What do you do?
As a climate scientist, I want to find out more about the fundamental element for life: water. The water on our earth constantly changes locations between the air, land and ocean. My research looks at this global water cycle. We have found that recently there has been less water in the air. I analyse where this atmospheric drought comes from: Does it have something to do with the change in winds that blow moisture from the big oceans to us onto land? What is the role of plants and large trees that suck up water and exhale it into the atmosphere? Is the drought due to the fact that a lot of old big trees are being cut down by us humans? Answers to these questions help us to predict the future climate.
Why did you choose this field?
"Why?" - I always have been asking this question, aiming to understand nature. Nature is explained by physics. So I decided to study physics at university. As a very curious student who is open-minded, I worked on a variety of scientific projects: How do plants filter polluted air? How does whale song sound and what do whales talk about? How do satellites know from above which flowers are currently blooming? And what does a dishwasher do with the leftovers from our lunch? All of that is physics! In my current project, I apply all I have learned to understand the global water cycle. So, whenever the weather changes I can understand why, and I get excited to explain the physical processes to other people. The best of my research is that my findings can help us humans, animals and plants to live a better life on our planet.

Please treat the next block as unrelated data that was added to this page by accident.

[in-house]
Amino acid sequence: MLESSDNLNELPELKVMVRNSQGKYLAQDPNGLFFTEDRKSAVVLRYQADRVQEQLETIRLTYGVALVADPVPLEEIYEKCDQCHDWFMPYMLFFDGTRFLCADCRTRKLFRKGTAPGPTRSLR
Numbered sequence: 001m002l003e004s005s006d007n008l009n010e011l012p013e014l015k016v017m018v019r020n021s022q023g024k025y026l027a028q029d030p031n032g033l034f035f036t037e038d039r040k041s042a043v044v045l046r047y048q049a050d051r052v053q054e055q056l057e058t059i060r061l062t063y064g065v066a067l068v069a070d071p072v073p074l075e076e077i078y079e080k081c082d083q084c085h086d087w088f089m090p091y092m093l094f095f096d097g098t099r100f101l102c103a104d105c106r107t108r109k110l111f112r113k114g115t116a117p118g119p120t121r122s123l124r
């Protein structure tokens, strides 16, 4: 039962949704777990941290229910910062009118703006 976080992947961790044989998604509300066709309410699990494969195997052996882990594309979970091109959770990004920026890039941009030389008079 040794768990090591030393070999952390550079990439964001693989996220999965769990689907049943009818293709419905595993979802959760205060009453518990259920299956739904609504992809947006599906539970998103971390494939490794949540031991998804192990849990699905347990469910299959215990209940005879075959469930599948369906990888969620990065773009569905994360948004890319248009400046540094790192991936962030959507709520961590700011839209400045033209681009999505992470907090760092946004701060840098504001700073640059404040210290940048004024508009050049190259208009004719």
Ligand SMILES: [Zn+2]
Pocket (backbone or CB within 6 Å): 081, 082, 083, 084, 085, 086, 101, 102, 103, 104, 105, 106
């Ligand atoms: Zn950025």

What do you look at and think, "I wish younger me would have known this was possible"?
Physics is considered the most challenging degree. I did it. I did it because I designed the degree according to my interests: through the selection of courses, through talking to people, through internships abroad and outreach. A degree is what you make of it! Get in touch with inspiring people and people who can help you achieve your goals. My younger me would have liked to know that inspiring people don't bite.
Why do you love working in STEM?
STEM is inspiring! You meet people who are on their way to find answers, to find solutions and to find ways for improvement. To improve in life, it is vital to think out of the box. I enjoy being creative and combining things! I believe lateral thinking is essential also for self-development.
I am fascinated by how nature works, and I am glad that as a researcher in STEM, each day, I can understand nature a bit better.
Best advice for next generation?
You can do it! Believe in yourself and counter every cheeky 'but' with a proposed solution!
Inspo quote / fun fact / role model
Be the inspiration!